VOLUNTEER

Female Volunteer_GirlBy becoming a Court Appointed Special Advocate, or CASA volunteer, you can help keep abused and neglected children safe, giving them a chance at finding happiness.

CASA volunteers are individuals from all walks of life who speak up for a child’s best interests in court. You are not a foster parent; you are a voice making a real difference at a critical turning point in the child’s life.

What do CASA volunteers do?

CASA volunteers get to know the child and gather information from everyone involved in his or her daily life, including family members, foster parents, teachers, daycare providers, doctors, lawyers, social workers and other relevant persons. You spend a significant amount of time with the child, gaining his or her trust.

CASA volunteers use the information gathered to report to the judge, advocating for the child’s needs while in the foster care system. As a volunteer, you commit to represent a child’s best interests until the child reaches a safe, permanent home.

To Become a CASA volunteer means you are:

  • Willing to commit at least one year of your time
  • Able to effectively communicate orally and in writing
  • Willing to participate in an in-depth training program
  • Able to pass criminal and CPS history background checks
  • Over age 21

Court Appointed Special Advocates (CASA) volunteers are ordinary people doing extraordinary work for abused, neglected and abandoned children and youth in foster care in our community.

As sworn officers of the court, CASA volunteers are appointed by Judge Andell to advocate one-on-one for children and youth in foster care.  As an Advocate you will be more than just a mentor – you will be a powerful voice for a child or youth during their uncertain journey in the foster care system.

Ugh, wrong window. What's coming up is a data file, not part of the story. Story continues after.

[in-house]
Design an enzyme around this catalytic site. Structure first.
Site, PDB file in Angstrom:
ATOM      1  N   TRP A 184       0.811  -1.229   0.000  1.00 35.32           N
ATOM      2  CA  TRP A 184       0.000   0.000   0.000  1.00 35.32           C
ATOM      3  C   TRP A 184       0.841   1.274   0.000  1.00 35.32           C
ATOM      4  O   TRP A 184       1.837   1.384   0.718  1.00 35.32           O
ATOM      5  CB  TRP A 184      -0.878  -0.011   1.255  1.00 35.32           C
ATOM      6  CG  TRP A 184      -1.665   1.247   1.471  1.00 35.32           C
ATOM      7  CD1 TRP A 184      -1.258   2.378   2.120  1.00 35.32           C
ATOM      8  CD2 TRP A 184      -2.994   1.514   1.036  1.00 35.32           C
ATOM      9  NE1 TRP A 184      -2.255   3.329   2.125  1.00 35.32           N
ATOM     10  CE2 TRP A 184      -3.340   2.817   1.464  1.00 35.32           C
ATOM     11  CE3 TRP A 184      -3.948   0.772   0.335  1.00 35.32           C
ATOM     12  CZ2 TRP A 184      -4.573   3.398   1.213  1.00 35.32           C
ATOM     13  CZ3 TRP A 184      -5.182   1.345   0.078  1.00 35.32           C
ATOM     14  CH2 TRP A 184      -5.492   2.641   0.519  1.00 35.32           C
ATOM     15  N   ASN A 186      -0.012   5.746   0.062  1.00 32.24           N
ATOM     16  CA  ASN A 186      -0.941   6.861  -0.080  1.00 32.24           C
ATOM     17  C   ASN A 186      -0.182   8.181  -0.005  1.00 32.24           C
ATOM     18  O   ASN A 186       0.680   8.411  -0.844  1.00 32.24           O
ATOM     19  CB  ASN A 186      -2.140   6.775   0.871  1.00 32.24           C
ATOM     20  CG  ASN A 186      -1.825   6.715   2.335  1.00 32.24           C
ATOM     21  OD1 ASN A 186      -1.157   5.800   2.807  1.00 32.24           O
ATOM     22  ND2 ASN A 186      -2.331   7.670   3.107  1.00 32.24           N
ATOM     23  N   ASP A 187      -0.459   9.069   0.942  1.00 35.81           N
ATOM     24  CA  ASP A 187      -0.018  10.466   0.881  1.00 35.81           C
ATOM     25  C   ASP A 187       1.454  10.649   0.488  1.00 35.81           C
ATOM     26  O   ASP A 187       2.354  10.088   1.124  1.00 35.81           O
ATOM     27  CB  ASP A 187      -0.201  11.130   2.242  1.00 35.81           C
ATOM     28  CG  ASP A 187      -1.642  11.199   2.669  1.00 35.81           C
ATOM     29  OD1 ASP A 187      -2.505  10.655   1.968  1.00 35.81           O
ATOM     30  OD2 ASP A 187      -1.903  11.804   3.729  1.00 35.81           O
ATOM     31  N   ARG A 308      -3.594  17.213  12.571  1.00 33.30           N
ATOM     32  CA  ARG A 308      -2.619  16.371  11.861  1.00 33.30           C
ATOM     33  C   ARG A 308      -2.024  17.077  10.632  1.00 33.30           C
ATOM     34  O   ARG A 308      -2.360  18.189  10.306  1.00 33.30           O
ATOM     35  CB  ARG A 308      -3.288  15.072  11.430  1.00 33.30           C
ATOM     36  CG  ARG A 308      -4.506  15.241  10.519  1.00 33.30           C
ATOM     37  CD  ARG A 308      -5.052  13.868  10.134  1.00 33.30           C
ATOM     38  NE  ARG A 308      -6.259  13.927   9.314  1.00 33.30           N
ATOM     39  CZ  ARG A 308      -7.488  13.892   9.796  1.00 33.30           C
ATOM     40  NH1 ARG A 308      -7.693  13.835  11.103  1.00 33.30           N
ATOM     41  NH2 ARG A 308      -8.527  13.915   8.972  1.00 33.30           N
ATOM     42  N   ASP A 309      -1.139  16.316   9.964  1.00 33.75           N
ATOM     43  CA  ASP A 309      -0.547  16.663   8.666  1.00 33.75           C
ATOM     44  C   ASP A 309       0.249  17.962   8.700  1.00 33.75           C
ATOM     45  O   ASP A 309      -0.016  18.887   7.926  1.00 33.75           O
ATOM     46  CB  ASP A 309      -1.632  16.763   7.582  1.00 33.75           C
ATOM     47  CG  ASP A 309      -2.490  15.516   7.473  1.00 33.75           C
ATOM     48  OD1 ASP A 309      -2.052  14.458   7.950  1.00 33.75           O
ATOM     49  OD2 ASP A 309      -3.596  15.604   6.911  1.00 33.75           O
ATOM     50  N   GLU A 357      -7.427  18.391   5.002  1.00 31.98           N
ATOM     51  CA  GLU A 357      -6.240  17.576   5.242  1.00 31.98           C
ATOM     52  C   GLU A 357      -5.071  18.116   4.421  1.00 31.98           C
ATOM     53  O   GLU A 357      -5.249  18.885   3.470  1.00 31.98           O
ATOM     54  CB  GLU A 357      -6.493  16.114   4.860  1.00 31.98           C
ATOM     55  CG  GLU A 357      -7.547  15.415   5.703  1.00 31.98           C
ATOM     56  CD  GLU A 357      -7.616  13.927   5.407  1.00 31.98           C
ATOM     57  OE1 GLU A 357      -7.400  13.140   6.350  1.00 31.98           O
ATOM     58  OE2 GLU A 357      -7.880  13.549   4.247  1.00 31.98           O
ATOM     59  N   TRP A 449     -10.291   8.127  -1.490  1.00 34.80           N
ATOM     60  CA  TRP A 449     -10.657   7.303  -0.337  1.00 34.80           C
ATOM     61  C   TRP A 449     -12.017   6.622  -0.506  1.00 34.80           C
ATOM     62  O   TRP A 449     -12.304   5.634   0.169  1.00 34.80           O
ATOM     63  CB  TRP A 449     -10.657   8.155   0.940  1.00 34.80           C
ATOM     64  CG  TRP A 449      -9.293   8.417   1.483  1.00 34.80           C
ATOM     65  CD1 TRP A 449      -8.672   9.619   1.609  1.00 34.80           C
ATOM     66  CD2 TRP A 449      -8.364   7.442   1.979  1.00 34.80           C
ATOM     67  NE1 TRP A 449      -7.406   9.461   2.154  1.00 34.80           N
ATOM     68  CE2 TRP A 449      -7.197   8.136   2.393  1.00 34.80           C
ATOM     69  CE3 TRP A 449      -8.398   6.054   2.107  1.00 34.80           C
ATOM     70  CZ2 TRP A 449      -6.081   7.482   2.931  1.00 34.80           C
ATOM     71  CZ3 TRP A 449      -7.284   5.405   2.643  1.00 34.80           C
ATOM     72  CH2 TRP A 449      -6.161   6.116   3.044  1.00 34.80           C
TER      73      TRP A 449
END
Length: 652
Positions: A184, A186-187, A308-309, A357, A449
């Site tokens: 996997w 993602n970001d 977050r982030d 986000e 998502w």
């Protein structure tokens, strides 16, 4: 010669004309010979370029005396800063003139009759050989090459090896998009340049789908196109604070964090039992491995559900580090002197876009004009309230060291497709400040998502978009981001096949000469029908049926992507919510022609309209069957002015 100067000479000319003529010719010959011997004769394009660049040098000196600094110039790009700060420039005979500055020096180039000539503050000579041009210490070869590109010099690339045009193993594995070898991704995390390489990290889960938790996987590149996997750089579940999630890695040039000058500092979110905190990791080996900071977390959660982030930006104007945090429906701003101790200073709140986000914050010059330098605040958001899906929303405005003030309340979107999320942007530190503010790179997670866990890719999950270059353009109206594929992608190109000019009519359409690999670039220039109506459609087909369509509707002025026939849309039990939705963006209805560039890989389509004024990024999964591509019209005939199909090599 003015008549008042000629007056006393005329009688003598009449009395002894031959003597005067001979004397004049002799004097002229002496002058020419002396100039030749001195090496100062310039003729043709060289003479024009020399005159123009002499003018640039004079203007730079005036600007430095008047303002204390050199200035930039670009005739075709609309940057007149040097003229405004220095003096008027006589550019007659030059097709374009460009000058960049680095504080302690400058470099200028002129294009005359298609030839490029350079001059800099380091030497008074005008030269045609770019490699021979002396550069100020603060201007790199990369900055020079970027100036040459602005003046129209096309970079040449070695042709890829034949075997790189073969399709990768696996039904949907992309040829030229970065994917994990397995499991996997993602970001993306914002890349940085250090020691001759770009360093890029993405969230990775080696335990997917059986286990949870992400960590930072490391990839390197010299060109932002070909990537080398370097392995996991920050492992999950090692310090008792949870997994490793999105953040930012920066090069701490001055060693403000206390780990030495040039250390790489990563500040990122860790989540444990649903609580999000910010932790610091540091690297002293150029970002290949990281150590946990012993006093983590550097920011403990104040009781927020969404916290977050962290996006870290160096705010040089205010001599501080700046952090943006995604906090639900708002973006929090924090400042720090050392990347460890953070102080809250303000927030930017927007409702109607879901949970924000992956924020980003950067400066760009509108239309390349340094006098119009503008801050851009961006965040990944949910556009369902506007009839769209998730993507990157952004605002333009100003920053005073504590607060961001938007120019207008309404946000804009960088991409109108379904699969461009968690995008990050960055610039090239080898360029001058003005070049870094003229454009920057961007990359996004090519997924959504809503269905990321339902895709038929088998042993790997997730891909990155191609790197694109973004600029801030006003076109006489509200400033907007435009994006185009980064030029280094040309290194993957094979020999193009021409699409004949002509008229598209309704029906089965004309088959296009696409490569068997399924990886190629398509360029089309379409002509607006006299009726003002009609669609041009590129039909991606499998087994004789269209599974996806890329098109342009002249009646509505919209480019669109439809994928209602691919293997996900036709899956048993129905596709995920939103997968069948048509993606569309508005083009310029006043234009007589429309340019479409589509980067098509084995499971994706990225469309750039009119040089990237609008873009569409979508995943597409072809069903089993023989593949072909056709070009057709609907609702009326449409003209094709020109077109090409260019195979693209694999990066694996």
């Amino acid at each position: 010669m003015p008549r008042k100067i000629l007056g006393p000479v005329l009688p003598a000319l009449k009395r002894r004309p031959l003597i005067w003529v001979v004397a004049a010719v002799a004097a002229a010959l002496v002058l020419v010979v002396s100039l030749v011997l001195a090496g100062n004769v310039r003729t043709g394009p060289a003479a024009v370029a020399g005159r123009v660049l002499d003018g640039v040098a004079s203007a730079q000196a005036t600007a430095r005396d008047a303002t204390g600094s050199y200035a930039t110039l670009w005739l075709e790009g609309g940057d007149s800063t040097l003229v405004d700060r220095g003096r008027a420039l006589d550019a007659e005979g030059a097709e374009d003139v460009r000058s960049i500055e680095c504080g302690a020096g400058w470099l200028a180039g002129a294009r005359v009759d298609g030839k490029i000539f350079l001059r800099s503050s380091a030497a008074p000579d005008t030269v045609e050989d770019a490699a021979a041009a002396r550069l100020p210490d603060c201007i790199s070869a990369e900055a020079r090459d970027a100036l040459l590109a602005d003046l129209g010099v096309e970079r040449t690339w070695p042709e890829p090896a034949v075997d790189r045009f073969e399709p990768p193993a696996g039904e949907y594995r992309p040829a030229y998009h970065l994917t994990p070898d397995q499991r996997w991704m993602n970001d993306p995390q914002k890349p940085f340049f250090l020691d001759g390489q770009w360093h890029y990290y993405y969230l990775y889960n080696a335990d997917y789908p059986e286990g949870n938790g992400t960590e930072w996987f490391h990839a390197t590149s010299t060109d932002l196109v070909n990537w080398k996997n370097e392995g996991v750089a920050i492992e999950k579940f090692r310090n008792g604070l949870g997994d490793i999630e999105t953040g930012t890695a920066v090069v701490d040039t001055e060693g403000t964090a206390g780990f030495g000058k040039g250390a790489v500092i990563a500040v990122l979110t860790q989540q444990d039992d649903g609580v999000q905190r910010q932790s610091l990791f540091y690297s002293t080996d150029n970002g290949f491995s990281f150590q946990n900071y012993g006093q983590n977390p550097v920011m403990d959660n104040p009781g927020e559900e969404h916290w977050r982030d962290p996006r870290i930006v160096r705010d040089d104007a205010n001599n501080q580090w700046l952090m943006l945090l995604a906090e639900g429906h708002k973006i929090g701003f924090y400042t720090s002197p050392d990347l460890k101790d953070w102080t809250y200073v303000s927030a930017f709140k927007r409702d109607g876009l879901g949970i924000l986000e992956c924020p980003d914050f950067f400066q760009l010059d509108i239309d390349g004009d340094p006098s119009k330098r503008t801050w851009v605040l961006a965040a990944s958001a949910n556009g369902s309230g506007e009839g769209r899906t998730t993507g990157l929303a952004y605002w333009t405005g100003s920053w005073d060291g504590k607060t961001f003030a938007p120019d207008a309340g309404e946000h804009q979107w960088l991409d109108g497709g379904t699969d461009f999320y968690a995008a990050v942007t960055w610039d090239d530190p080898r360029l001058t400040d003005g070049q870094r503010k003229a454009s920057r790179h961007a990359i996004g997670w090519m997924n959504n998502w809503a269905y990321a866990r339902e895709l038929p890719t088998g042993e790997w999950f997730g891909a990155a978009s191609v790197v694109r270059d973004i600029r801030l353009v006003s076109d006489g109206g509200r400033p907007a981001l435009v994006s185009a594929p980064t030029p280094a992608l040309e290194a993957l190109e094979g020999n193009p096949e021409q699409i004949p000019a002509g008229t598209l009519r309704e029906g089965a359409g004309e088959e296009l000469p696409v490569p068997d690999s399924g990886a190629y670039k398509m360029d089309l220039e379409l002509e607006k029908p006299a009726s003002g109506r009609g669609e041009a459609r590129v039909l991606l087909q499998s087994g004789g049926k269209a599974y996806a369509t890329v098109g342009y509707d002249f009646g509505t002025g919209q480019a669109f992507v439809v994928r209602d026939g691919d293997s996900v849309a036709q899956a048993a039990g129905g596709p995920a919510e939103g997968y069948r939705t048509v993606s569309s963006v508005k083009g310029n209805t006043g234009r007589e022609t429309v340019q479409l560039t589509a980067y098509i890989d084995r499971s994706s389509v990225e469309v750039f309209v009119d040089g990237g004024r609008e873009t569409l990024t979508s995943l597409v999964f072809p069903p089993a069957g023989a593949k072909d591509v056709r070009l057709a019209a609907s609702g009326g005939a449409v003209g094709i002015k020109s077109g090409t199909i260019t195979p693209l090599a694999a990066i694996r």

You don’t have to be a lawyer or social worker.  CASA of Liberty/Chambers County will provide you with the training you need to succeed.

CASA volunteers come from various walks of life.  They share the willingness and ability to commit at least one year, an average of 8-10 hours a month, to a foster child or youth to make a difference.

READY!

Step 1:  Sign up to receive an “inquiry call” or “inquiry email”. 

We will discuss the responsibilities of an Advocate so every inquirer has a clear understanding of what it means to be a CASA volunteer.  Our Executive Director, Debbie Dugger, will meet you personally to assist in your decision- making process and encourage you to review our CASA Volunteer Brochure and manual.

Call 936-334-9000 to sign up or email dduger@casalctx.org. 

SET!

Step 2:  Excited to be a CASA volunteer?

To be scheduled for an interview, you will need:

     Copy of your driver license

     Application filled out completely with attached forms signed

Court Appointed Special Advocate (CASA) Application:

Download this Court Appointed Special Advocate Application. 

Volunteer applications are accepted by mail (P.O. Box 9027; Liberty, TX  77575), email ddugger@casalctx.org or fax (936)334-9001.

Call or email the CASA office and set up an interview.

 Step 3:  Congratulations!

You’ve completed the interview process and all required security screening and have been accepted into Preservice Training.  The next step is to complete Preservice Training, which consists of 27 hours of classroom training and 3 hours of court observation.

CASA of Liberty/Chambers Counties conducts monthly training sessions during the day (Mon – Thurs from 9 am – 3 pm) and once a quarter training classes at night from 6 pm – 8 pm on a “floating” day chosen by the class and trainer.  Classes are taught by CASA staff, volunteers, and experienced professionals from the various disciplines and agencies who work with foster children during the dependency process.

GO!

Step 4: Advocate!

After you complete Preservice Training and are sworn in as a Guardian ad Litem (GAL), the final step in the process is to be matched with the child or youth that you will advocate for.